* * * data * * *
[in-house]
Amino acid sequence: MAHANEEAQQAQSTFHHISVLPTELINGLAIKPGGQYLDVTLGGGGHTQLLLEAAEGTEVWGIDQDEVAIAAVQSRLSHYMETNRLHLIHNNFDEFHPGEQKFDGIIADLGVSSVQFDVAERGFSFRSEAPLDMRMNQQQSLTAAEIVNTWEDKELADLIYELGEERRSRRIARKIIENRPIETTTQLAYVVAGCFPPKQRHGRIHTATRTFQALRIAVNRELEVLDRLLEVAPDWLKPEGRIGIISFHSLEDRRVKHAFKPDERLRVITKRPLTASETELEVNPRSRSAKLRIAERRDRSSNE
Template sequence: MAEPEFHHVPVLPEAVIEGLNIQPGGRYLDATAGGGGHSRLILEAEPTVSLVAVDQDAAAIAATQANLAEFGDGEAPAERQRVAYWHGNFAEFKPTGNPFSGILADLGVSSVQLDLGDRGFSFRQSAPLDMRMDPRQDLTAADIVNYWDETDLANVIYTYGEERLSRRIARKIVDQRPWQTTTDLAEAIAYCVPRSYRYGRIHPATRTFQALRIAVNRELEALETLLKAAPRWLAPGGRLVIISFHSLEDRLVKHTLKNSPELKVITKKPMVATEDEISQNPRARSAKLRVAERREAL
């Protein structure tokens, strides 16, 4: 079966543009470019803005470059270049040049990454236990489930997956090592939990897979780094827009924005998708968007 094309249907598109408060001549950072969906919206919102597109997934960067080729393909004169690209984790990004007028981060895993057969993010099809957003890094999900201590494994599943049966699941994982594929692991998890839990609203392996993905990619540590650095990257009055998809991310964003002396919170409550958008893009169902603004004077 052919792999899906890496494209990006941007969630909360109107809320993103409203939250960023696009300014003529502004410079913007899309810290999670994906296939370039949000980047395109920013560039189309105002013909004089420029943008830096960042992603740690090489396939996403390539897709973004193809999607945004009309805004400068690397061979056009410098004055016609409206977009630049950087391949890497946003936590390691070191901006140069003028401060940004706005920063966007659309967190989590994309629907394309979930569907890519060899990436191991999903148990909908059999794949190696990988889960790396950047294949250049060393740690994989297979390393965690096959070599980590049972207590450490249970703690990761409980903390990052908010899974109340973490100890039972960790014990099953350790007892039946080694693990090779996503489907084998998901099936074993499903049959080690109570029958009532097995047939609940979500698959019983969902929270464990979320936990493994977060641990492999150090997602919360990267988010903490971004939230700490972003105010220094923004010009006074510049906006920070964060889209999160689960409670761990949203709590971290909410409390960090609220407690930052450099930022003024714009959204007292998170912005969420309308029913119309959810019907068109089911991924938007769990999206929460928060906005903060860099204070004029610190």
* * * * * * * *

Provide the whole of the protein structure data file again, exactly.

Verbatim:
[in-house]
Amino acid sequence: MAHANEEAQQAQSTFHHISVLPTELINGLAIKPGGQYLDVTLGGGGHTQLLLEAAEGTEVWGIDQDEVAIAAVQSRLSHYMETNRLHLIHNNFDEFHPGEQKFDGIIADLGVSSVQFDVAERGFSFRSEAPLDMRMNQQQSLTAAEIVNTWEDKELADLIYELGEERRSRRIARKIIENRPIETTTQLAYVVAGCFPPKQRHGRIHTATRTFQALRIAVNRELEVLDRLLEVAPDWLKPEGRIGIISFHSLEDRRVKHAFKPDERLRVITKRPLTASETELEVNPRSRSAKLRIAERRDRSSNE
Template sequence: MAEPEFHHVPVLPEAVIEGLNIQPGGRYLDATAGGGGHSRLILEAEPTVSLVAVDQDAAAIAATQANLAEFGDGEAPAERQRVAYWHGNFAEFKPTGNPFSGILADLGVSSVQLDLGDRGFSFRQSAPLDMRMDPRQDLTAADIVNYWDETDLANVIYTYGEERLSRRIARKIVDQRPWQTTTDLAEAIAYCVPRSYRYGRIHPATRTFQALRIAVNRELEALETLLKAAPRWLAPGGRLVIISFHSLEDRLVKHTLKNSPELKVITKKPMVATEDEISQNPRARSAKLRVAERREAL
């Protein structure tokens, strides 16, 4: 079966543009470019803005470059270049040049990454236990489930997956090592939990897979780094827009924005998708968007 094309249907598109408060001549950072969906919206919102597109997934960067080729393909004169690209984790990004007028981060895993057969993010099809957003890094999900201590494994599943049966699941994982594929692991998890839990609203392996993905990619540590650095990257009055998809991310964003002396919170409550958008893009169902603004004077 052919792999899906890496494209990006941007969630909360109107809320993103409203939250960023696009300014003529502004410079913007899309810290999670994906296939370039949000980047395109920013560039189309105002013909004089420029943008830096960042992603740690090489396939996403390539897709973004193809999607945004009309805004400068690397061979056009410098004055016609409206977009630049950087391949890497946003936590390691070191901006140069003028401060940004706005920063966007659309967190989590994309629907394309979930569907890519060899990436191991999903148990909908059999794949190696990988889960790396950047294949250049060393740690994989297979390393965690096959070599980590049972207590450490249970703690990761409980903390990052908010899974109340973490100890039972960790014990099953350790007892039946080694693990090779996503489907084998998901099936074993499903049959080690109570029958009532097995047939609940979500698959019983969902929270464990979320936990493994977060641990492999150090997602919360990267988010903490971004939230700490972003105010220094923004010009006074510049906006920070964060889209999160689960409670761990949203709590971290909410409390960090609220407690930052450099930022003024714009959204007292998170912005969420309308029913119309959810019907068109089911991924938007769990999206929460928060906005903060860099204070004029610190």